Multistakeholder platforms

 

Public contracting needs all actors to work together for it to be effective. Ukraine has described this as a Golden Triangle to promote trust where each actor fulfills a specific role in a vibrant ecosystem. The state owns the central database and ensures the data is available to anyone. Business provides access to this database and customer acquisition and servicing. Civil society own and operate monitoring and risk-management tools.

 

In Mexico, the Open Contracting Alliance provides a network that promotes open contracting and initiates and coordinates its national implementation.   

 

 

The Contracting 5 is a government-run peer-learning network launched at the OGP Summit in Paris. Currently, Argentina, Colombia, France, Mexico, the UK and Ukraine are leading the way in sharing innovative ideas and best practices, and promoting open contracting more broadly.

 

 

Linking up contracting data to budgets, spending and beneficial owners

 

Open contracting is a key component of the fiscal openness agenda. With public contracts out in the open, an important next step is to connect the datasets and link up public contracts to budget and spending data, as well as to the beneficial owners of those companies that win the contracts and profit from them.

 

 

There will be many more ideas to make sure open contracting can fulfill its potential. It is no wonder that open contracting has become one of the major ideas to help governments deliver on the promise of more effective and trustworthy government, a better business climate, and better results for citizens. It is the key stage at which the goods and services that governments promise and owe their citizens either materialize, or fail. Open contracting is about publishing and using open, accessible and timely information on government contracting to engage citizens and businesses in identifying and fixing problems.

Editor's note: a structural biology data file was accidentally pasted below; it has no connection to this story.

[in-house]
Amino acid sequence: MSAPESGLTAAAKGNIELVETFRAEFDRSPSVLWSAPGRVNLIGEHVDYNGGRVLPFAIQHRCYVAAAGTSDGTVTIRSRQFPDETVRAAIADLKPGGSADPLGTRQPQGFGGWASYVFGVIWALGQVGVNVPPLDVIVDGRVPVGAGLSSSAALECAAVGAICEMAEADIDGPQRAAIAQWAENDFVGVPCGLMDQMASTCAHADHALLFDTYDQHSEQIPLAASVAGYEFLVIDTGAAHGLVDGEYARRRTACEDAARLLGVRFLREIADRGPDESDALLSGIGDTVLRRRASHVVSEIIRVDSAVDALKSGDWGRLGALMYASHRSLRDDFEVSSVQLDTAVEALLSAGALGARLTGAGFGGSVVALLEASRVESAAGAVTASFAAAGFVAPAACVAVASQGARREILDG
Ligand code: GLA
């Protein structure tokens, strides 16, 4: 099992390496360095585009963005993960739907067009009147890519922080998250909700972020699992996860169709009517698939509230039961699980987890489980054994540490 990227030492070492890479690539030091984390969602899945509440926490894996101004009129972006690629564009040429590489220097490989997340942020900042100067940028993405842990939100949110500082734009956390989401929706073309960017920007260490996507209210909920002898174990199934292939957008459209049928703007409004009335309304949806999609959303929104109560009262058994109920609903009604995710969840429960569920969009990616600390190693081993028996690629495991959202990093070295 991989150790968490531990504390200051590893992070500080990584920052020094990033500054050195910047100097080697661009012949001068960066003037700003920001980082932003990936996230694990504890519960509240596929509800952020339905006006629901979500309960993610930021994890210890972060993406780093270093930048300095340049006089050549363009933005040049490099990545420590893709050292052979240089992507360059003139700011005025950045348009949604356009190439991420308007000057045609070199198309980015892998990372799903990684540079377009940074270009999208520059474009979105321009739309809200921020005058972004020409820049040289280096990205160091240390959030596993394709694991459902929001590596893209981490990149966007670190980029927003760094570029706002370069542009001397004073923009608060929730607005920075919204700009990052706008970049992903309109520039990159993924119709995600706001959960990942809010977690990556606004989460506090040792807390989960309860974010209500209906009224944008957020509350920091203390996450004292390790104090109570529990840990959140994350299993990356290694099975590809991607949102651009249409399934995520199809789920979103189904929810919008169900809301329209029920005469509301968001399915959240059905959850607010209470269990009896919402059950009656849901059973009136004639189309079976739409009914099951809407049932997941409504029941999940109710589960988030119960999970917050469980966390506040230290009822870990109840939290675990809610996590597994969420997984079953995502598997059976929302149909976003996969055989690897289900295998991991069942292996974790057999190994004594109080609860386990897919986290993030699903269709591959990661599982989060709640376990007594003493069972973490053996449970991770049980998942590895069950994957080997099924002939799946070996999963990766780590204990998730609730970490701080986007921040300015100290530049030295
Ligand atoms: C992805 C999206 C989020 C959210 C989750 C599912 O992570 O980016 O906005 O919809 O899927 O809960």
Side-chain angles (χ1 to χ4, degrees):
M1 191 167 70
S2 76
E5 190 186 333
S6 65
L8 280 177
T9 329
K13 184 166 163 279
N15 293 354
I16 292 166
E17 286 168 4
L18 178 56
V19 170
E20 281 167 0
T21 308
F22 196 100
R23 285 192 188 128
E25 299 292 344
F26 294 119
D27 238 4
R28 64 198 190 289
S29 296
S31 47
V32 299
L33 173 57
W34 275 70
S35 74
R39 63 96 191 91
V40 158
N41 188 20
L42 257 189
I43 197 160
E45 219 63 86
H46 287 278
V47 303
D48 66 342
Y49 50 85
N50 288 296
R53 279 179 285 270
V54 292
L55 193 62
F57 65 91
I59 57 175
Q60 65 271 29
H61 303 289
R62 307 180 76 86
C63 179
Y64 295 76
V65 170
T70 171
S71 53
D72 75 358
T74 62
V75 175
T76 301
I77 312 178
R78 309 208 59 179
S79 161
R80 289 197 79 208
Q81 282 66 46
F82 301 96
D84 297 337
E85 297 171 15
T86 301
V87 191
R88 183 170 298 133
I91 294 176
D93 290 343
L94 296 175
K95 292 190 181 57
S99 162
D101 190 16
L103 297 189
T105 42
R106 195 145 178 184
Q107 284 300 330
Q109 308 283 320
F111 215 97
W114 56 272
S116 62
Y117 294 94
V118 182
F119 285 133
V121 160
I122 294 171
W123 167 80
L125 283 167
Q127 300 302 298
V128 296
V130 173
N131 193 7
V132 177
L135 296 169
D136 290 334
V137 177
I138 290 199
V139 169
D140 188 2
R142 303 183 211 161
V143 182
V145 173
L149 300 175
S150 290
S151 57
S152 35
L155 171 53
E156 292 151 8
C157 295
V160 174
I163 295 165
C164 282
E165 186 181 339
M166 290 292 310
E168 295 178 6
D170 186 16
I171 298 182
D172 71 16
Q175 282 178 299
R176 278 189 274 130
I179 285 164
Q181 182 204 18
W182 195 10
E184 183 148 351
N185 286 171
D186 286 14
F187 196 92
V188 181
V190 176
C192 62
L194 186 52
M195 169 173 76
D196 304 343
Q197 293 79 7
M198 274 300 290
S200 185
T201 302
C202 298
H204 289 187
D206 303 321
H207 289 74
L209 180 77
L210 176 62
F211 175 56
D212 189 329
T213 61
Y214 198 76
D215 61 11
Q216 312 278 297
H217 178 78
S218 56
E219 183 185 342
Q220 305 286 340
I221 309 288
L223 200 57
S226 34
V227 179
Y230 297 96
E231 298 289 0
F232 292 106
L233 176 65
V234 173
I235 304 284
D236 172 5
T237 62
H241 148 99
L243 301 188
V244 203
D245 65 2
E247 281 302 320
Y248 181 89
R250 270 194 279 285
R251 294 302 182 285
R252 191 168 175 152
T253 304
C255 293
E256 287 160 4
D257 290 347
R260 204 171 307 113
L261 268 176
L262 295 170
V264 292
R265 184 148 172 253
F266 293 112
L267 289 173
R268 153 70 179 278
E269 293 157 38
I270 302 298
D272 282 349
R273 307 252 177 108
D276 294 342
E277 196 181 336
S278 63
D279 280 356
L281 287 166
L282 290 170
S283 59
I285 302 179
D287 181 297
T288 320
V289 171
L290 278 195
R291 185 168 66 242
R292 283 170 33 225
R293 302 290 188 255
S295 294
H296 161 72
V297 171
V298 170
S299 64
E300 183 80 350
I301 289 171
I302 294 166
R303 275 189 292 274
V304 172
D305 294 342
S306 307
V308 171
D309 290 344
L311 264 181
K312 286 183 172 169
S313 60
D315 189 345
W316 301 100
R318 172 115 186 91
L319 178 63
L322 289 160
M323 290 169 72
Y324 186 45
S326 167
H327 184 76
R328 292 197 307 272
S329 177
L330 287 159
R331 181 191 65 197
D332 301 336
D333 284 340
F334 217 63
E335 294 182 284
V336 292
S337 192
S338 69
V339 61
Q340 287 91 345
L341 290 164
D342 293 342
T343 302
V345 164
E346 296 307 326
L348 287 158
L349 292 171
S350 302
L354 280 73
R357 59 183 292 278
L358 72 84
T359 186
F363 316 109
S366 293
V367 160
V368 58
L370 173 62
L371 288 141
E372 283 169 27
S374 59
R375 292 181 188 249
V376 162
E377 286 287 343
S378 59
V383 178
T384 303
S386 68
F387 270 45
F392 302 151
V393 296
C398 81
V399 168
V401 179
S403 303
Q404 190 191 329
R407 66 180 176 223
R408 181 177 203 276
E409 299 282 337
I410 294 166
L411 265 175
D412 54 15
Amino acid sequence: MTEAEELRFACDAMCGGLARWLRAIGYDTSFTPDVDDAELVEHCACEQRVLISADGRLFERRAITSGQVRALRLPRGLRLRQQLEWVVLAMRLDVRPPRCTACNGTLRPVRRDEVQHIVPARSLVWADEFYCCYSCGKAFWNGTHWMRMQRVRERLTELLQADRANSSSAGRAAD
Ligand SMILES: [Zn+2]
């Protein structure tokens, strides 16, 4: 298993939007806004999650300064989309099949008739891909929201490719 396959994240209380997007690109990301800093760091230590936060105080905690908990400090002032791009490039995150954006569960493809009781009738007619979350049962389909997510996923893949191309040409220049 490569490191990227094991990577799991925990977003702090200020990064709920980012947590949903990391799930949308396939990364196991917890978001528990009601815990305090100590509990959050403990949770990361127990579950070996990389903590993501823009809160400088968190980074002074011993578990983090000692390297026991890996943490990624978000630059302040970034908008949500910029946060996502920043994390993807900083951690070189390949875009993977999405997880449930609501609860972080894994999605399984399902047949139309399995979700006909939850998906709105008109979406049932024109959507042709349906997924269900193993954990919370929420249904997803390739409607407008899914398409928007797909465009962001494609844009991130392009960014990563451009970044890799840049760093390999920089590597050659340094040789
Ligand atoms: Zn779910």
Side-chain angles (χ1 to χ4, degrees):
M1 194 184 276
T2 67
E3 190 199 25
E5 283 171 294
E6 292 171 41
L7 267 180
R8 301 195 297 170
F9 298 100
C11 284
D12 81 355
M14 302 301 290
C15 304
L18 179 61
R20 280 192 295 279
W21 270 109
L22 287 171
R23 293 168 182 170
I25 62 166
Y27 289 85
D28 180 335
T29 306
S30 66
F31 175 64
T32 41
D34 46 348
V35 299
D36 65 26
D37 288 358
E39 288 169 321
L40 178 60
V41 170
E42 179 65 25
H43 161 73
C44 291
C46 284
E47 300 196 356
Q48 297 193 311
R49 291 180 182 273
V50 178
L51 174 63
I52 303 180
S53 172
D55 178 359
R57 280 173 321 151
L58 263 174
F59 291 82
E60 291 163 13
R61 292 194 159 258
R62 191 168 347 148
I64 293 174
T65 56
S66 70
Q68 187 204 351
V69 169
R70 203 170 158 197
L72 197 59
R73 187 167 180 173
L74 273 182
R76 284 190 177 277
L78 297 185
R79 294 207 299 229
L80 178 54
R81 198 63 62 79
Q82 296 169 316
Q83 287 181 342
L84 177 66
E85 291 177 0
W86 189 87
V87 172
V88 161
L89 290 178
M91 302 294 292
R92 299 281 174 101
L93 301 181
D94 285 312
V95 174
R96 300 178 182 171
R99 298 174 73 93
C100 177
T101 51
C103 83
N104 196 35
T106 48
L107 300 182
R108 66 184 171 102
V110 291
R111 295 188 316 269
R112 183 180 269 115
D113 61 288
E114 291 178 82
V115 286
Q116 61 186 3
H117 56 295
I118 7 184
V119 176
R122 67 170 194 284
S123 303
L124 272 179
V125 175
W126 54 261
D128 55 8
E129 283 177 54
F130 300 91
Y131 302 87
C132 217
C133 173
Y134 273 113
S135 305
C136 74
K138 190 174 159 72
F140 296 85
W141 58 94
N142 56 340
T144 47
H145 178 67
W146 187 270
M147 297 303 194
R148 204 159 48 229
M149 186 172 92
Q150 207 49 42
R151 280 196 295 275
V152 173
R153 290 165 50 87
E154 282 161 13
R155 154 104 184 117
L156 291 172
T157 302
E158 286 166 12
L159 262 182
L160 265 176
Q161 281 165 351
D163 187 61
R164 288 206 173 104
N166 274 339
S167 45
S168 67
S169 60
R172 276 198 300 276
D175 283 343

We want to know about your ideas, and are ready to help with technical and practical support along the way. We’d love hear from you.

 

 

One thing is certain: Only if all actors work together, and government is openly accountable, can we break up the legacy of vested interests plaguing contracts big and small across the world. We look forward to discussing successful examples and tactics at the OGP Summit in Georgia!

 

 

And whether you’ll get a star from the Open Government Partnership or not - you’ll sure be our star!

 

 
Authors: Georg Neumann